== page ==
Thalidomide is currently being evaluated for efficacy in alleviating some manifestations of HIV-1 infection. To determine whether thalidomide has any direct effects on HIV-1 infection, we investigated the effect of thalidomide and also of three structural analogs of thalidomide on HIV-1 replication in vitro in human monocyte-derived macrophages. The thalidomide analogs were previously shown to inhibit TNF-α production in vitro at much lower concentrations than thalidomide. In HIV-1-infected macrophages treated with thalidomide or thalidomide analogs, vital replication was reduced by 60 to 80% as determined by measuring vital RT activity in the culture supernatants. In all experiments the analogs inhibited HIV-1 replication more efficiently than did thalidomide. The drugs also reduced HIV-1 gag mRNA expression. Furthermore, the drugs caused a decrease in NF-κB-binding activity in nuclear extracts of HIV-1-infected macrophages. The role of NF- κB in the drug-induced inhibition of HIV-1 replication was confirmed using an NF-κB-defective mutant virus to infect macrophages.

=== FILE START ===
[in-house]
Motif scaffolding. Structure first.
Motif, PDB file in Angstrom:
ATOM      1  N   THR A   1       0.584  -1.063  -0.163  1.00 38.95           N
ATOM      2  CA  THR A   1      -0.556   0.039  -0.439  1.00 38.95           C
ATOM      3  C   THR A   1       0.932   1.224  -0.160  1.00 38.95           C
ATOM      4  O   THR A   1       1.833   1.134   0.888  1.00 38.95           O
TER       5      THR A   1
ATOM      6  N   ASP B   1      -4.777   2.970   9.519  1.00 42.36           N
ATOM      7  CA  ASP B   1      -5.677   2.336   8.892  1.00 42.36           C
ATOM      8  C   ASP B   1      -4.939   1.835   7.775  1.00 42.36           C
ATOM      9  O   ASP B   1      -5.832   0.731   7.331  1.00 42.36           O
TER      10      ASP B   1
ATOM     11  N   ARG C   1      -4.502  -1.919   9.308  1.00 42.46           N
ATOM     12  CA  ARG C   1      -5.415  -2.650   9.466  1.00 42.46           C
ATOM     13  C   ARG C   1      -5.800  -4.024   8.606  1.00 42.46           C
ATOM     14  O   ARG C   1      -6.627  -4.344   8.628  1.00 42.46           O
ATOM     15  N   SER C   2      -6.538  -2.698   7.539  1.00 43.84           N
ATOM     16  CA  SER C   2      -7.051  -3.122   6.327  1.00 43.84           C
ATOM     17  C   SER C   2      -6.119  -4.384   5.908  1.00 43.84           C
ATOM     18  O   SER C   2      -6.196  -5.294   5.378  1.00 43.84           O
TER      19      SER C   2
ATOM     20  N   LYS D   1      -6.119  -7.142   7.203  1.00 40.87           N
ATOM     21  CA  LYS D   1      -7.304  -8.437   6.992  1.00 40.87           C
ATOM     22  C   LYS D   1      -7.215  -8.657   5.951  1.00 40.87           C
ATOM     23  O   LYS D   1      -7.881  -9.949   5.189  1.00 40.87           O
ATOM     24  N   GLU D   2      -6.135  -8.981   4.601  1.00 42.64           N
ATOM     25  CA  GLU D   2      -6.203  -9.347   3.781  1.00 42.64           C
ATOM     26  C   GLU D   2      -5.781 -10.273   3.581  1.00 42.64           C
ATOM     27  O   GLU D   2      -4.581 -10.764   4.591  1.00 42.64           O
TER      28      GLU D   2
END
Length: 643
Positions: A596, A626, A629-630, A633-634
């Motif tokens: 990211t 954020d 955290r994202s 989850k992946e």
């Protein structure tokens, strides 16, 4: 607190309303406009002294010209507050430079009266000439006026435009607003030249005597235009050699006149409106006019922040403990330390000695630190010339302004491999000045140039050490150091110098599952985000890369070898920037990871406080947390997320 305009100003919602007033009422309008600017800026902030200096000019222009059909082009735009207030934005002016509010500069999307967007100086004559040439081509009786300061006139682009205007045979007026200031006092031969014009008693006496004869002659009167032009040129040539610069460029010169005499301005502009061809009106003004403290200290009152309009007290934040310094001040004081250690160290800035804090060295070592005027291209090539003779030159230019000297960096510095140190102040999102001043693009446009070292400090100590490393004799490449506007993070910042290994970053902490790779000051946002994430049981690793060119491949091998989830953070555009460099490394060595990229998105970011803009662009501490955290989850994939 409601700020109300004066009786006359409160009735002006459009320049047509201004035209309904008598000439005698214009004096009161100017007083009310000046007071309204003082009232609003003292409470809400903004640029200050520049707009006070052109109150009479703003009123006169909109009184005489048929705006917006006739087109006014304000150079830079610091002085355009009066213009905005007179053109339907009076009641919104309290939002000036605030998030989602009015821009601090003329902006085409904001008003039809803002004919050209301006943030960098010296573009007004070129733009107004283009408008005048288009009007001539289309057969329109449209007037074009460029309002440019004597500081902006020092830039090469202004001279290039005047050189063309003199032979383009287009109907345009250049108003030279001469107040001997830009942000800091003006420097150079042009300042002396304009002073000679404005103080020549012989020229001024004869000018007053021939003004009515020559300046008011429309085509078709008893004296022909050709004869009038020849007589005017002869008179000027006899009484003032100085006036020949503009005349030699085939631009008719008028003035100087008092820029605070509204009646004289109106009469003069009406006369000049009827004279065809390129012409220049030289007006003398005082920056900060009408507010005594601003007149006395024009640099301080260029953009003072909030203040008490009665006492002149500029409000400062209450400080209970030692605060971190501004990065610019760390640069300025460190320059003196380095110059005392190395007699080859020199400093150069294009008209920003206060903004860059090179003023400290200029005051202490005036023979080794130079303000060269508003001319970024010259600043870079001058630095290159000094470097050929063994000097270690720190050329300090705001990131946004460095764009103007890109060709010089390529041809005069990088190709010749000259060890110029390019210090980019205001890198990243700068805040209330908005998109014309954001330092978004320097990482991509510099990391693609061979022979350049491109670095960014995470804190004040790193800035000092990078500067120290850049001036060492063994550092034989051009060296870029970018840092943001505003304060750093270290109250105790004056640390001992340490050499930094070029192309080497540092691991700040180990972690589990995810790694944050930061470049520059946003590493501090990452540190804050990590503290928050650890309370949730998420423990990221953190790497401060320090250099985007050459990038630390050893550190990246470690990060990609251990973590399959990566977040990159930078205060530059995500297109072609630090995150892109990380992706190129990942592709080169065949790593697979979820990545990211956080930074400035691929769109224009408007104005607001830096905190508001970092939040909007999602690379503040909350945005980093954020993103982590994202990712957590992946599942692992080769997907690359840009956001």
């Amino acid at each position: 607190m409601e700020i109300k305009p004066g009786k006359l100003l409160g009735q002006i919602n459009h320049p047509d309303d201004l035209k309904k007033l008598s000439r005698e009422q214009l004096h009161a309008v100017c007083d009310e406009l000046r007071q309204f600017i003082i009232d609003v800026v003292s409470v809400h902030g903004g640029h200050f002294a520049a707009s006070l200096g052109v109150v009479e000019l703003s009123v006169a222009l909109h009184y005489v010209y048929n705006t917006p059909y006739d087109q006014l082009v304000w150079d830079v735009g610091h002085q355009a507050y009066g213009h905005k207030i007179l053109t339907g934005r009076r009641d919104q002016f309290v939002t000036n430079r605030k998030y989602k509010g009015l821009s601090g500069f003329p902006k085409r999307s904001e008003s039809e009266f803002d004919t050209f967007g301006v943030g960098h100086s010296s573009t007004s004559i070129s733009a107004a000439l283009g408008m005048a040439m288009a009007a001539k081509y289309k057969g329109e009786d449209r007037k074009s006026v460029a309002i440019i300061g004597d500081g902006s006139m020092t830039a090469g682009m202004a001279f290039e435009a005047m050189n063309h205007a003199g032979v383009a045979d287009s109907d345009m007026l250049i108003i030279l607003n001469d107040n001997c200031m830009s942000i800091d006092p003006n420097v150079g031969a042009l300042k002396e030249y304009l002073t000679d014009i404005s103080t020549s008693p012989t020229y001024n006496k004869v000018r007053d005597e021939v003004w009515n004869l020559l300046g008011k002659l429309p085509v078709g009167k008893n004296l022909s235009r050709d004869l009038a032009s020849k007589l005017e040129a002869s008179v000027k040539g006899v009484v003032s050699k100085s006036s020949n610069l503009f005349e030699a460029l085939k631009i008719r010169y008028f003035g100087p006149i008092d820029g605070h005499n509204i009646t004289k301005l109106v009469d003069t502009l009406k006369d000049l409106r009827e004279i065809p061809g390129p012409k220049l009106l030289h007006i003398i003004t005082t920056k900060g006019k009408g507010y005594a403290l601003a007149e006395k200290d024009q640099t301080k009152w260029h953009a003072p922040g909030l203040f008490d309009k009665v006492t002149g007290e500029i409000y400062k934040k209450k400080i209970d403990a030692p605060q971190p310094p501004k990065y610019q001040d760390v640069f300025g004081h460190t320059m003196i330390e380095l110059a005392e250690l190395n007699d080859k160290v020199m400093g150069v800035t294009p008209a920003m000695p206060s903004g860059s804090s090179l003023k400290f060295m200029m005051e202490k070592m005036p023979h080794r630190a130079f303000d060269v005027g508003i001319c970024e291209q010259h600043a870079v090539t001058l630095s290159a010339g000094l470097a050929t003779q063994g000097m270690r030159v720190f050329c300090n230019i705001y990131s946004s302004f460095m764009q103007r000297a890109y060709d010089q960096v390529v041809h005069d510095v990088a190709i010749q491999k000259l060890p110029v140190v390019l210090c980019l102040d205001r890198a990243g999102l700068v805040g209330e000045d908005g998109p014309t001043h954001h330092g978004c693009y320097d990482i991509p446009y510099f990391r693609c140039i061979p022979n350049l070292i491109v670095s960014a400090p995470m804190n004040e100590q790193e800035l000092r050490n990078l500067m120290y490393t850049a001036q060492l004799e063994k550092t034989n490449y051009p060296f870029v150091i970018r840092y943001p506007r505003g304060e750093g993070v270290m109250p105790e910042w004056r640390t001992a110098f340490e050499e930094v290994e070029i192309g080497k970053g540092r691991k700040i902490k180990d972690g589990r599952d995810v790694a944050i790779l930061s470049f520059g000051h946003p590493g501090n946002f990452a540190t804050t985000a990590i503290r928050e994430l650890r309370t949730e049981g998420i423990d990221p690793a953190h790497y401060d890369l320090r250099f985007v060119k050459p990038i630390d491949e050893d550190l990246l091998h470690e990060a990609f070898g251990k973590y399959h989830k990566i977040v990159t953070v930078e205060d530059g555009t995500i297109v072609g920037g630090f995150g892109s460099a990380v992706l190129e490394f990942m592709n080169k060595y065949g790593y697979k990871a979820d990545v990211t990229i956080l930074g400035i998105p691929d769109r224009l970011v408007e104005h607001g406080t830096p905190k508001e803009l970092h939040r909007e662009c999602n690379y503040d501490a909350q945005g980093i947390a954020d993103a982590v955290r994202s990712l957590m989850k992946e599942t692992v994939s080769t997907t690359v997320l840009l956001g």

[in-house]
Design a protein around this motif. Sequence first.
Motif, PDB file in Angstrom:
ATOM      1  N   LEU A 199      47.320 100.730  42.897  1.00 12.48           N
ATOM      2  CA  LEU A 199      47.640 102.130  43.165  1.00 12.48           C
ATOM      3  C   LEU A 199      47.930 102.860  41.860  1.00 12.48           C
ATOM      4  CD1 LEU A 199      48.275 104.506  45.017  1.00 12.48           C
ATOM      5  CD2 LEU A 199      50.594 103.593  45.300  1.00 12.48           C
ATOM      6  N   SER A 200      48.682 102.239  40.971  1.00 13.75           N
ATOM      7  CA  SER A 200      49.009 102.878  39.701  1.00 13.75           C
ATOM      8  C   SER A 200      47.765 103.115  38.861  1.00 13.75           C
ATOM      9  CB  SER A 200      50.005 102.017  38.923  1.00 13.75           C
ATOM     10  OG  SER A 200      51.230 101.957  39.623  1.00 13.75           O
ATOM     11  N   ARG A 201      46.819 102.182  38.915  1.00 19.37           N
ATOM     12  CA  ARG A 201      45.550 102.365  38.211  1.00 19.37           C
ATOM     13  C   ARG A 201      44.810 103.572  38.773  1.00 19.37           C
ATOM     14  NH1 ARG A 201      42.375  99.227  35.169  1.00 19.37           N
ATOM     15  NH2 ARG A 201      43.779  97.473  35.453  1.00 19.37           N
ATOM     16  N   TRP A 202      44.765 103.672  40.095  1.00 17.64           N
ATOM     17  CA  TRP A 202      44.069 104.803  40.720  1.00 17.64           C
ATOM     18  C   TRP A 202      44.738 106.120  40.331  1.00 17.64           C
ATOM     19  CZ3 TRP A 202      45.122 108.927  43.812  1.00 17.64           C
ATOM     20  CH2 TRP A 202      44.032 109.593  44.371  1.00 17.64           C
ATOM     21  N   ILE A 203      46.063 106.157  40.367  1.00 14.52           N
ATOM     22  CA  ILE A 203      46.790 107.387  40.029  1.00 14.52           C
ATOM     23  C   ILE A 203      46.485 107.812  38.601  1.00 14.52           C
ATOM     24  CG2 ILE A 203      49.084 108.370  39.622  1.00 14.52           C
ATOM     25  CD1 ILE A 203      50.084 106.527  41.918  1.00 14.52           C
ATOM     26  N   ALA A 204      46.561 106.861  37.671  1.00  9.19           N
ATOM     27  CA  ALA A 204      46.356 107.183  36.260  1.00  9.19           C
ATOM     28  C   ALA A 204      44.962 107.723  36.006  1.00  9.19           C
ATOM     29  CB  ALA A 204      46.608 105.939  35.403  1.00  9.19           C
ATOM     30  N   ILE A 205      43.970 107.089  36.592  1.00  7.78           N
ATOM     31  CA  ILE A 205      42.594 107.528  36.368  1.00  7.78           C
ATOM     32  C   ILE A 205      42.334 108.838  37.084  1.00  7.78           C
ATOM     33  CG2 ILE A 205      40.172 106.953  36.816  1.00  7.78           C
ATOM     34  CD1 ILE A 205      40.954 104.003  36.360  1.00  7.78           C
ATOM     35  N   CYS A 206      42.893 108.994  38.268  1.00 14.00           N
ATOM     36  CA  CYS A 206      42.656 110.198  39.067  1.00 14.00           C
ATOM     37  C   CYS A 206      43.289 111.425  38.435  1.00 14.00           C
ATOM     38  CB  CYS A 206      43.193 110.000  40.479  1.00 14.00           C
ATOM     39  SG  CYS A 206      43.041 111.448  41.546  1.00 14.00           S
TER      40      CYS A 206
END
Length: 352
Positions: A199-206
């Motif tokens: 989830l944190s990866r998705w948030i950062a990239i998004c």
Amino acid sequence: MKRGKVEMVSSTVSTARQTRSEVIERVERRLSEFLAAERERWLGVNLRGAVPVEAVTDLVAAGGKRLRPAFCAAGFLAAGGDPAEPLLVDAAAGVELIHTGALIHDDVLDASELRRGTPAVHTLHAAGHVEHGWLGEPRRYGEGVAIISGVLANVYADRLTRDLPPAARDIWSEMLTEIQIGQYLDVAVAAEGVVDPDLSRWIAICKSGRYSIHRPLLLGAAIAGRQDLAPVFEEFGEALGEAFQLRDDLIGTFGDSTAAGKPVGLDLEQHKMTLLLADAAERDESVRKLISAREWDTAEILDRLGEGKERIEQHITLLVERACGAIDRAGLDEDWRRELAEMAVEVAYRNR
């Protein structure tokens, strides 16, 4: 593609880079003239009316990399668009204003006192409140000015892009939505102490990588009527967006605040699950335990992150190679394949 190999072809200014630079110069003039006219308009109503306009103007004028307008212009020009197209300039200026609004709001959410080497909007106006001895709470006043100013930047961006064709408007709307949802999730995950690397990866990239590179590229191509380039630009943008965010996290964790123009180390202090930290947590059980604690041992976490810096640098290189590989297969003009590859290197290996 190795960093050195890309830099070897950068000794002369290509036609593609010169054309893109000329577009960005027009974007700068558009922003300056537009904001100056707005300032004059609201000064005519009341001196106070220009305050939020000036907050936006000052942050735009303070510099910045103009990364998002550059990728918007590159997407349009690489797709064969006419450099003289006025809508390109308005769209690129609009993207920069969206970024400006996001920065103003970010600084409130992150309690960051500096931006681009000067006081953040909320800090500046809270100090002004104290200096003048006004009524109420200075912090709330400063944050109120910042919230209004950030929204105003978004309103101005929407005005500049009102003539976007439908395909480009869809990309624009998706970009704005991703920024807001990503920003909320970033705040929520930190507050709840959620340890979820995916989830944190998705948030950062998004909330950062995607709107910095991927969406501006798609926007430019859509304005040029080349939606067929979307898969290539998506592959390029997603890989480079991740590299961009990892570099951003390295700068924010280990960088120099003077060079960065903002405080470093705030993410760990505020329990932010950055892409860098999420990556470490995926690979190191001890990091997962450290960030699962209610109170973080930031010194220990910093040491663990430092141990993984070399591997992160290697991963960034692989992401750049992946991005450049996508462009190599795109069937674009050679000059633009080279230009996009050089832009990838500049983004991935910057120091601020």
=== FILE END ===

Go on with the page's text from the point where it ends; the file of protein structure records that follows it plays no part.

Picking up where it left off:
ASJC Scopus subject areas
- Infectious Diseases